General Mills Is No Longer Stale
Now, I've never discounted that General Mills, which has a strong history of innovation and "outside the box thinking," would overcome this rough patch. The problem, though, has been the stock, which is up close to 30% year to date, and (in my opinion) is now slightly above its fair-market value.
However, despite the sluggishness that has overtaken the entire sector, management has always maintained a consistent long-term growth plan. And following the release of the company's fiscal 2014 outlook, which was provided at the Morgan Stanley Global Consumer Conference two weeks ago, General Mills, expensive or not, has suddenly become more digestible.
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As with rival Kellogg and to a lesser extent Post Holdings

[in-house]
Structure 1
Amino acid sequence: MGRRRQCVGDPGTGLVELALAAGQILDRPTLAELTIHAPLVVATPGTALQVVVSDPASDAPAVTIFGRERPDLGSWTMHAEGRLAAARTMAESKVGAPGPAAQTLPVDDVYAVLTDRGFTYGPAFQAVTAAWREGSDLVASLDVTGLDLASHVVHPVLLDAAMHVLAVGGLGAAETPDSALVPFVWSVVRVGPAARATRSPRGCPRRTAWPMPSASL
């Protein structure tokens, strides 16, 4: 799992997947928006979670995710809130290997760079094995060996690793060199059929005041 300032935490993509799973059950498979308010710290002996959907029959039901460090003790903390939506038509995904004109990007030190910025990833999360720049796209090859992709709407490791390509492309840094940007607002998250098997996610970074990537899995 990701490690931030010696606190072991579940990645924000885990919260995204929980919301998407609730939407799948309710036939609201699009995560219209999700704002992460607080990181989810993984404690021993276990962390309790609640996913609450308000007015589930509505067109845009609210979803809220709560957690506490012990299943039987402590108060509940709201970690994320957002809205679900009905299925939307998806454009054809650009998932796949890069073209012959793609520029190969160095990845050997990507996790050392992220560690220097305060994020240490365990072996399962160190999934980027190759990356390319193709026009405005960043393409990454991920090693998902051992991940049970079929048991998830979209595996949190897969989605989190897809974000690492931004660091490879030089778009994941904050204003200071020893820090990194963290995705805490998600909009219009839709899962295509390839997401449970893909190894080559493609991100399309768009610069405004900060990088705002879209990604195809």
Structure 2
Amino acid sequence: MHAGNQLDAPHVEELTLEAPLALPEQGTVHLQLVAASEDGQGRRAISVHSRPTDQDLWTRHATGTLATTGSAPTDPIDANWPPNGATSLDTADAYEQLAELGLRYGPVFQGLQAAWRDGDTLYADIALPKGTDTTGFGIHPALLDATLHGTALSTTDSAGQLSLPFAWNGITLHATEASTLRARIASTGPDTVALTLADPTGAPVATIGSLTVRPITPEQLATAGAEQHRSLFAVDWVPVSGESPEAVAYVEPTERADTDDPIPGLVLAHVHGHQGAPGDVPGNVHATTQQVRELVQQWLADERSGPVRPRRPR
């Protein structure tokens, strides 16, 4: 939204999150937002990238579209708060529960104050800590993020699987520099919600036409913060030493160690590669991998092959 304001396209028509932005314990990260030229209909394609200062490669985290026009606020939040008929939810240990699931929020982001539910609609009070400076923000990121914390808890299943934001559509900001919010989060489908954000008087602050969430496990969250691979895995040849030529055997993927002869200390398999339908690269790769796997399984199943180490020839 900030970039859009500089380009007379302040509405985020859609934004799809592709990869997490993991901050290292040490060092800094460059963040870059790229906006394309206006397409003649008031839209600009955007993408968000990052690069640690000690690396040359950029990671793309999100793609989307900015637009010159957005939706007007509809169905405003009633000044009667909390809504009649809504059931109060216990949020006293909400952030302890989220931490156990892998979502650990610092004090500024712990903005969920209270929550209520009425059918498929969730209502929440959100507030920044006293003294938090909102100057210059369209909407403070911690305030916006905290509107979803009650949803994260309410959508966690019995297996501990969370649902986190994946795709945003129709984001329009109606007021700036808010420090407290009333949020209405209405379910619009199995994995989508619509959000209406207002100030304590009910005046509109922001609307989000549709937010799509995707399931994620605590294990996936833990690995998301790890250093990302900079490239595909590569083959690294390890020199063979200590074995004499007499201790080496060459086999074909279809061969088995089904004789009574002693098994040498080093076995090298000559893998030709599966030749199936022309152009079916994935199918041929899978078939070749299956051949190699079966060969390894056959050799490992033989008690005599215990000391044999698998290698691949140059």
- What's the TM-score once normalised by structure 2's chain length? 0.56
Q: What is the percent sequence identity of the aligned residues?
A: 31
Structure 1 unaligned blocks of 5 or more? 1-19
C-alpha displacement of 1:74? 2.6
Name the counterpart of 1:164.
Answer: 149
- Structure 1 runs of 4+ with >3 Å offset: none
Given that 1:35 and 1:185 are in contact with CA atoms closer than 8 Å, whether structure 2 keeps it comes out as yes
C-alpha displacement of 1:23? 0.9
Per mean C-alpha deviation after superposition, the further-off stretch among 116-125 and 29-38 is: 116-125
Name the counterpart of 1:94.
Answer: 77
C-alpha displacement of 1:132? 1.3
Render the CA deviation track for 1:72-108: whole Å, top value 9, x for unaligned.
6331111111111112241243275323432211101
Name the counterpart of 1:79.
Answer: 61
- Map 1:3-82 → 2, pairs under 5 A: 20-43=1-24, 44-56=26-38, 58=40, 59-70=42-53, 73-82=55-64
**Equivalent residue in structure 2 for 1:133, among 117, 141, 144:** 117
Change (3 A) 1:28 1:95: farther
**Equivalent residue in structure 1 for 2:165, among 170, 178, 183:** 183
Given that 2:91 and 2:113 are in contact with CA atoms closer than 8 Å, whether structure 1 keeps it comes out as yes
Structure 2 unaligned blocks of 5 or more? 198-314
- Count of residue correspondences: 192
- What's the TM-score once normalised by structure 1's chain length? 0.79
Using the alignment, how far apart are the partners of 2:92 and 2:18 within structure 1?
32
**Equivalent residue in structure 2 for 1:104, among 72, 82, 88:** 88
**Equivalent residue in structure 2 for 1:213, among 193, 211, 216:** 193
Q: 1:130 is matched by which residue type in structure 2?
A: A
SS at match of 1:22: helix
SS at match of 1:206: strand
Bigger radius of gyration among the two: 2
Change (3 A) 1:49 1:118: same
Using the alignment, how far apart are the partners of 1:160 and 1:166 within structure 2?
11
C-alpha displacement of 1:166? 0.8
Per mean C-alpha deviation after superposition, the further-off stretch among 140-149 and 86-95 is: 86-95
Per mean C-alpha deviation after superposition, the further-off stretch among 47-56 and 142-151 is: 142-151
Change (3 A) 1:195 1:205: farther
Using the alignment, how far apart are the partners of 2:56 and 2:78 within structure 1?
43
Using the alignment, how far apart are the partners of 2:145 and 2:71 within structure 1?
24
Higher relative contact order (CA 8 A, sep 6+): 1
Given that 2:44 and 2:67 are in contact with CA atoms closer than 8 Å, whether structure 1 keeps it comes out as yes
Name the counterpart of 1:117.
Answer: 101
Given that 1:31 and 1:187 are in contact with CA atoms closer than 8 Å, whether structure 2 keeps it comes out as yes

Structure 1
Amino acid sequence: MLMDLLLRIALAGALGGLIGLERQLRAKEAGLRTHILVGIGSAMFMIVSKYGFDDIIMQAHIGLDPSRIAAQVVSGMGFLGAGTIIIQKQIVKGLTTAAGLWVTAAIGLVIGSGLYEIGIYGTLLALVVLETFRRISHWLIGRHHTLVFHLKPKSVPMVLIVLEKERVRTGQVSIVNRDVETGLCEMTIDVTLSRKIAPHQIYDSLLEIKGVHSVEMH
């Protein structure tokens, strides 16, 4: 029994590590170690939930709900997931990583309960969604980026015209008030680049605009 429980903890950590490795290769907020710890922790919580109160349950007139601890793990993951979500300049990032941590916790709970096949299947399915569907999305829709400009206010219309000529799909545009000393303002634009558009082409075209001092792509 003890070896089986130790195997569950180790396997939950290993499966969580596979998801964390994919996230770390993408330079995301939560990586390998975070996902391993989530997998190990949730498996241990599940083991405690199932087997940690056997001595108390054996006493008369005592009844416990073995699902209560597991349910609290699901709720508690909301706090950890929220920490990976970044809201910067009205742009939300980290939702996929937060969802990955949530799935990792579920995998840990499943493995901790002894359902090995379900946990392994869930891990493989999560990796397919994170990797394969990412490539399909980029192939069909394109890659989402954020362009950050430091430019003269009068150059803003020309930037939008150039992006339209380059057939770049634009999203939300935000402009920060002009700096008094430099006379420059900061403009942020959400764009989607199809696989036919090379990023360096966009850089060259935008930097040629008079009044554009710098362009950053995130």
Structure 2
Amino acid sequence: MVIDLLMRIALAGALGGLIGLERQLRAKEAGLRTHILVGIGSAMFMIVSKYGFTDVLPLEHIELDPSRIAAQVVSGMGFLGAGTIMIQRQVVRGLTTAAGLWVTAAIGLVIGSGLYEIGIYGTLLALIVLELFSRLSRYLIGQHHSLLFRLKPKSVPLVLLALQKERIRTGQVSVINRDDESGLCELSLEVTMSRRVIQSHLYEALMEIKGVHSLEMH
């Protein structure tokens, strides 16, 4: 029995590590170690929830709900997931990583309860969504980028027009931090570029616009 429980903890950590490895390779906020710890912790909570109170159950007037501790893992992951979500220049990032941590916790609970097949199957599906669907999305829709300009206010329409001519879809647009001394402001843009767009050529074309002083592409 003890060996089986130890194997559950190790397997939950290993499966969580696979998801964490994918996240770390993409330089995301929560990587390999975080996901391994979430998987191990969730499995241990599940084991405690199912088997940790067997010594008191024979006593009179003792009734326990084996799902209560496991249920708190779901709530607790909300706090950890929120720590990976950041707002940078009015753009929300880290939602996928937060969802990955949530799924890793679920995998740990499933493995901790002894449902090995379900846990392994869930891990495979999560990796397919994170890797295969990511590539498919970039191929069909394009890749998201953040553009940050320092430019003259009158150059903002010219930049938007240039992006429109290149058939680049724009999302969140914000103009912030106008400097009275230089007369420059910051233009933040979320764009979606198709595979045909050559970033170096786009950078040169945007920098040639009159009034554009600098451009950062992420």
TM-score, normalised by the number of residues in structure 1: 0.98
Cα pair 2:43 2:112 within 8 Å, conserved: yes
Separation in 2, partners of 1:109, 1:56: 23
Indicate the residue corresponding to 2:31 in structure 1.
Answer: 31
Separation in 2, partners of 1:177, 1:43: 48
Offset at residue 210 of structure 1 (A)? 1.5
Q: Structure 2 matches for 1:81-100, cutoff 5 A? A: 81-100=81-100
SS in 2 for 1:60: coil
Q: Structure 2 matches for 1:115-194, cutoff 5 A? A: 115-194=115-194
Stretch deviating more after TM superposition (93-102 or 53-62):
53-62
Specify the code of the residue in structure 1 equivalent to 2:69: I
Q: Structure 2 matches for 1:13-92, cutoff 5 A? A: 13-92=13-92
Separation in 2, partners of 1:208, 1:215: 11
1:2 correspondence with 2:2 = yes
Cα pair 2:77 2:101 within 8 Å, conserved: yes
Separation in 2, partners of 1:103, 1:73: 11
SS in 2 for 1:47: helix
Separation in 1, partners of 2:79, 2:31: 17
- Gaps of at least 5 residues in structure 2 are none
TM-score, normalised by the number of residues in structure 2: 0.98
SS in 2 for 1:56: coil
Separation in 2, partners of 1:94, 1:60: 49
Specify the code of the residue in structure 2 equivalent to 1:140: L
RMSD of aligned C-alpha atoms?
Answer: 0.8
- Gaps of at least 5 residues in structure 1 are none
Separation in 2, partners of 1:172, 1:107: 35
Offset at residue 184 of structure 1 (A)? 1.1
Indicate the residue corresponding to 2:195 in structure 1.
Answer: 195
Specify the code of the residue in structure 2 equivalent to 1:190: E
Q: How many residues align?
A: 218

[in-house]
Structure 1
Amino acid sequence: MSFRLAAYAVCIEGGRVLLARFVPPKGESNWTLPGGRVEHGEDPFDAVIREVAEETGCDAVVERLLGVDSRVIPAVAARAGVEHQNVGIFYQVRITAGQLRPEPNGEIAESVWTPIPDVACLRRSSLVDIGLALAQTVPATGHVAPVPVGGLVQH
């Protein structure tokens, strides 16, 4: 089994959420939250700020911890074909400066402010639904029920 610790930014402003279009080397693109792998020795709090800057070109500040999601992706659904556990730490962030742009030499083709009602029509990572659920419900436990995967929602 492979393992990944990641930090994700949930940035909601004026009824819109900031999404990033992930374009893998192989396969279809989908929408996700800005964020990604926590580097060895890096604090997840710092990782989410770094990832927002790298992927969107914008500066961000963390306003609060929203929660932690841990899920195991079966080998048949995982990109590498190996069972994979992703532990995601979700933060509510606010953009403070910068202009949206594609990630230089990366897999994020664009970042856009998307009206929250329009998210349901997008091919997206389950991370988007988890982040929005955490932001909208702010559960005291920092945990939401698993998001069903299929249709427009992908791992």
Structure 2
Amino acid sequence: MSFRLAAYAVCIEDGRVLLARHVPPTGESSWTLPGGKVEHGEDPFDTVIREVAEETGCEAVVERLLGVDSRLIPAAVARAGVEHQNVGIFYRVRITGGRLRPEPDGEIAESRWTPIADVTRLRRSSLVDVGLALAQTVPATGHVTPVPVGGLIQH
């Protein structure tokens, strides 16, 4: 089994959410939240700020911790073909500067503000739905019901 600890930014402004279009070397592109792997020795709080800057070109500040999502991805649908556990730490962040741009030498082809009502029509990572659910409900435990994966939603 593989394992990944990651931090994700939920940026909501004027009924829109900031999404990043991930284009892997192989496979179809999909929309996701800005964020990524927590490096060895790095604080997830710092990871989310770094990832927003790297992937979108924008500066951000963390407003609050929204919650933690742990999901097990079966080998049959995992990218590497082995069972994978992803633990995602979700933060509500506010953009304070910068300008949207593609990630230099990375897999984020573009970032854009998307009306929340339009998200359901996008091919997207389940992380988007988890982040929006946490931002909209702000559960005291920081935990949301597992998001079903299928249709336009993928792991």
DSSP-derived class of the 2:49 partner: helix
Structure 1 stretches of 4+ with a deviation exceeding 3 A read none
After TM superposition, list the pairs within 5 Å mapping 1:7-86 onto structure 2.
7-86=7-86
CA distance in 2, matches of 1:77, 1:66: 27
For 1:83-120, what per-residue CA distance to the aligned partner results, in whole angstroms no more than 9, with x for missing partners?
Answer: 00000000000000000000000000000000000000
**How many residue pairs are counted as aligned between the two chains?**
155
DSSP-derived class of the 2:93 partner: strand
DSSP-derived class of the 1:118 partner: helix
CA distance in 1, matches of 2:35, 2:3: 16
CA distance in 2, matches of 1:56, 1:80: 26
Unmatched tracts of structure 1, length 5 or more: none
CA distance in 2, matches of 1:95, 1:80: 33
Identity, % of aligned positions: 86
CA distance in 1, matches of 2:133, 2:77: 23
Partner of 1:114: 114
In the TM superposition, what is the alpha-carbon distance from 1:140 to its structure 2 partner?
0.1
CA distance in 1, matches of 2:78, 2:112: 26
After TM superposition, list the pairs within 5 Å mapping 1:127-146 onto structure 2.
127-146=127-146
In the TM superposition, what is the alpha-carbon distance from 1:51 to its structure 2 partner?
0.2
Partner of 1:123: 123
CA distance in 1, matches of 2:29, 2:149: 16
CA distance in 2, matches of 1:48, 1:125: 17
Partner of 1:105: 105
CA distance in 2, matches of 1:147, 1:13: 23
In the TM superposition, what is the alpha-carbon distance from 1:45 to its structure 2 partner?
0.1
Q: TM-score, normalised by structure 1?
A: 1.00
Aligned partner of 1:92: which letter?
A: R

I believe going forward, the company's gross margin, as well as that of its rivals, will be the key differentiator in identifying value. In the most recent quarter, although revenue was up 8% year over year, which beat consensus estimates, the fact that earnings fell more than 16% highlighted struggles in operational efficiency, pricing pressure, or a combination of both.
And it certainly didn't escape me that, as impressive as the first quarter's 8% volume growth, this was driven mostly by acquisitions. Essentially, very little of that growth was of the "organic" variety, which measures a company's operational performance using only internal resources and excluding such events as mergers and acquisitions. Accordingly, I felt the stock would be stale for the foreseeable future. The Street had other ideas.
In fairness, though, General Mills was not alone in doing deals. This has also been the growth model for ConAgra, Campbell Soup, Nestle
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With management calling for a strong improvement in adjusted gross margin for fiscal 2014, along with mid-single-digit growth in segment operating profit, General Mills is rewarding investors for their confidence. Equally impressive is that management is confident that it can grow operating margin in each of the three business segments, which includes U.S. Retail, Bakeries and Foodservice and International.